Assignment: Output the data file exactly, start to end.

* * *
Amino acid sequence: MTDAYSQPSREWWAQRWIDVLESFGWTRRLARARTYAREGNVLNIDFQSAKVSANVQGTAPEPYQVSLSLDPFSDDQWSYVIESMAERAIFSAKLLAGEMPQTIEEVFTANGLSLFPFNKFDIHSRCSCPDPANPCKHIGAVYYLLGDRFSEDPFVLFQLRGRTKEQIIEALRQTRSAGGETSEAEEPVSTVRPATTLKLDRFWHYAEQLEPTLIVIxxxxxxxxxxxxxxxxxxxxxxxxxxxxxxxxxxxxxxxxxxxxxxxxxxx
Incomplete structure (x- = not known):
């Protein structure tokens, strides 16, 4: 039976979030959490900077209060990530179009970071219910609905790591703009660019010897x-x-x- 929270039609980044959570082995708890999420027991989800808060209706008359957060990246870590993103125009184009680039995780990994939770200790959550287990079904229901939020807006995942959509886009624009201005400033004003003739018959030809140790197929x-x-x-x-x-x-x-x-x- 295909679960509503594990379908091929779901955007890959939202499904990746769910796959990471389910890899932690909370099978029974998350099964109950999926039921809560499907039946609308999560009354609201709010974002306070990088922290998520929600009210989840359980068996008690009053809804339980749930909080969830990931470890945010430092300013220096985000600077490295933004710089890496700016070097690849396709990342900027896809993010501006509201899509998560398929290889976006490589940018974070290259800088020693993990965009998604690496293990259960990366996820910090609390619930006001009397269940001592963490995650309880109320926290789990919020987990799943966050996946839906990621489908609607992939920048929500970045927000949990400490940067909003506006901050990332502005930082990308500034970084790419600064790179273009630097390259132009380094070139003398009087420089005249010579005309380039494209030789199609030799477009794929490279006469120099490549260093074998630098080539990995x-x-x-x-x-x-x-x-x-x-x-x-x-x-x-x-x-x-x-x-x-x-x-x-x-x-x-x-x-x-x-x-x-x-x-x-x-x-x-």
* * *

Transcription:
Amino acid sequence: MTDAYSQPSREWWAQRWIDVLESFGWTRRLARARTYAREGNVLNIDFQSAKVSANVQGTAPEPYQVSLSLDPFSDDQWSYVIESMAERAIFSAKLLAGEMPQTIEEVFTANGLSLFPFNKFDIHSRCSCPDPANPCKHIGAVYYLLGDRFSEDPFVLFQLRGRTKEQIIEALRQTRSAGGETSEAEEPVSTVRPATTLKLDRFWHYAEQLEPTLIVIxxxxxxxxxxxxxxxxxxxxxxxxxxxxxxxxxxxxxxxxxxxxxxxxxxx
Incomplete structure (x- = not known):
């Protein structure tokens, strides 16, 4: 039976979030959490900077209060990530179009970071219910609905790591703009660019010897x-x-x- 929270039609980044959570082995708890999420027991989800808060209706008359957060990246870590993103125009184009680039995780990994939770200790959550287990079904229901939020807006995942959509886009624009201005400033004003003739018959030809140790197929x-x-x-x-x-x-x-x-x- 295909679960509503594990379908091929779901955007890959939202499904990746769910796959990471389910890899932690909370099978029974998350099964109950999926039921809560499907039946609308999560009354609201709010974002306070990088922290998520929600009210989840359980068996008690009053809804339980749930909080969830990931470890945010430092300013220096985000600077490295933004710089890496700016070097690849396709990342900027896809993010501006509201899509998560398929290889976006490589940018974070290259800088020693993990965009998604690496293990259960990366996820910090609390619930006001009397269940001592963490995650309880109320926290789990919020987990799943966050996946839906990621489908609607992939920048929500970045927000949990400490940067909003506006901050990332502005930082990308500034970084790419600064790179273009630097390259132009380094070139003398009087420089005249010579005309380039494209030789199609030799477009794929490279006469120099490549260093074998630098080539990995x-x-x-x-x-x-x-x-x-x-x-x-x-x-x-x-x-x-x-x-x-x-x-x-x-x-x-x-x-x-x-x-x-x-x-x-x-x-x-």